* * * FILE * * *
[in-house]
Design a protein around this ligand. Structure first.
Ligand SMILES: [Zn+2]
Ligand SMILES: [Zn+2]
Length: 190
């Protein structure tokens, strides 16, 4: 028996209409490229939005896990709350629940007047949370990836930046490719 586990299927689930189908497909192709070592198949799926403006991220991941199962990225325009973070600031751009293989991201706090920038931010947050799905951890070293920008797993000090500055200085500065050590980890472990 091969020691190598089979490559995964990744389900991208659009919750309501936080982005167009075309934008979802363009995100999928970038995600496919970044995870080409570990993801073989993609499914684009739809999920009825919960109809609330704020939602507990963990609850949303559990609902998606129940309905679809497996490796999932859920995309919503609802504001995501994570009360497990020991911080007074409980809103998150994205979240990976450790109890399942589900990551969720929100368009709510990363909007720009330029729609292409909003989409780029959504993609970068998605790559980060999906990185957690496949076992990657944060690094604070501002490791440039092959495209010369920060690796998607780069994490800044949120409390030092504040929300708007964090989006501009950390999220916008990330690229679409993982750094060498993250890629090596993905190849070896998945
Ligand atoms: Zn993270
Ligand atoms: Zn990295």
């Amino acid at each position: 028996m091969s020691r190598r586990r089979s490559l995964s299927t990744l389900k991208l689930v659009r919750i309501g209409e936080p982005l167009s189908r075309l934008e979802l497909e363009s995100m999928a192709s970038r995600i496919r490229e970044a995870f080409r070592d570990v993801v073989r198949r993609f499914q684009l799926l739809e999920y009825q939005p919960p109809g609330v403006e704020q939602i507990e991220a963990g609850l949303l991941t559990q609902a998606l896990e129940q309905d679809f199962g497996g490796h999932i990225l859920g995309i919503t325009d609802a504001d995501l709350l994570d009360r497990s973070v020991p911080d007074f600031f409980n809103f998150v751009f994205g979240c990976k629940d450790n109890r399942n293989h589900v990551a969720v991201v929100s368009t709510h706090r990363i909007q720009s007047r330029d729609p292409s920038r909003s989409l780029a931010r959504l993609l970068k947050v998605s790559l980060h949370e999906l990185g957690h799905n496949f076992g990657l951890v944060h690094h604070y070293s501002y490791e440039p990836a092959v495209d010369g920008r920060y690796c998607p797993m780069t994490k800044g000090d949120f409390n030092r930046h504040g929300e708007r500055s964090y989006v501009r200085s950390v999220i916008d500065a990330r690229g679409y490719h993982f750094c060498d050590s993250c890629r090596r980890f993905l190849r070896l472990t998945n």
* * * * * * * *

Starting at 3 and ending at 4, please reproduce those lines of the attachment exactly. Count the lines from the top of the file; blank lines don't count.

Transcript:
Ligand SMILES: [Zn+2]
Ligand SMILES: [Zn+2]